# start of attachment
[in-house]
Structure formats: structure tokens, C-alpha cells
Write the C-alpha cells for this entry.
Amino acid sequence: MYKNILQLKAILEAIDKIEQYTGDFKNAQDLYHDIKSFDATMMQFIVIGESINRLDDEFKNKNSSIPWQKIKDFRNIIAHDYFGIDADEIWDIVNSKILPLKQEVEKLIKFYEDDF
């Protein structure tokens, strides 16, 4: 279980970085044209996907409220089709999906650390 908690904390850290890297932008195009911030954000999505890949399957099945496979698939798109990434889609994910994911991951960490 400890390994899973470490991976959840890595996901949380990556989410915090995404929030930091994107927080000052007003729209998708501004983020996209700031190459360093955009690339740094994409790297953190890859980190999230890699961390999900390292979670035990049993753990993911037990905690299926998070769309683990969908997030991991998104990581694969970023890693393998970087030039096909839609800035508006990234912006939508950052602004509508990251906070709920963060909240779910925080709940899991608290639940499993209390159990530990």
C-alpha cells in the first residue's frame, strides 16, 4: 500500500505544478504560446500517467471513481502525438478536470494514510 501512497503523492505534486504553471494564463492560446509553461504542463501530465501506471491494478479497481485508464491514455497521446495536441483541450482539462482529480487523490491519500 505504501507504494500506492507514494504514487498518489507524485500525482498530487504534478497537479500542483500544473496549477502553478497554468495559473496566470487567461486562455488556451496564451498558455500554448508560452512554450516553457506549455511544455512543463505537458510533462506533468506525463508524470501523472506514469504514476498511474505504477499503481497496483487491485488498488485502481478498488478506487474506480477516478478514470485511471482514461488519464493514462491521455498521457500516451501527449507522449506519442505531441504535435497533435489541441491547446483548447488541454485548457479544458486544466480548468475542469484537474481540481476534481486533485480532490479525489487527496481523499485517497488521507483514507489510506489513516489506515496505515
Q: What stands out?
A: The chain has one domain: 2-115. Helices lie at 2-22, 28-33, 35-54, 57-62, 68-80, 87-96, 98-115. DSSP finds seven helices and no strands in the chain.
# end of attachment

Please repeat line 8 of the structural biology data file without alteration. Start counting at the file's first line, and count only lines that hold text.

A: The chain has one domain: 2-115. Helices lie at 2-22, 28-33, 35-54, 57-62, 68-80, 87-96, 98-115. DSSP finds seven helices and no strands in the chain.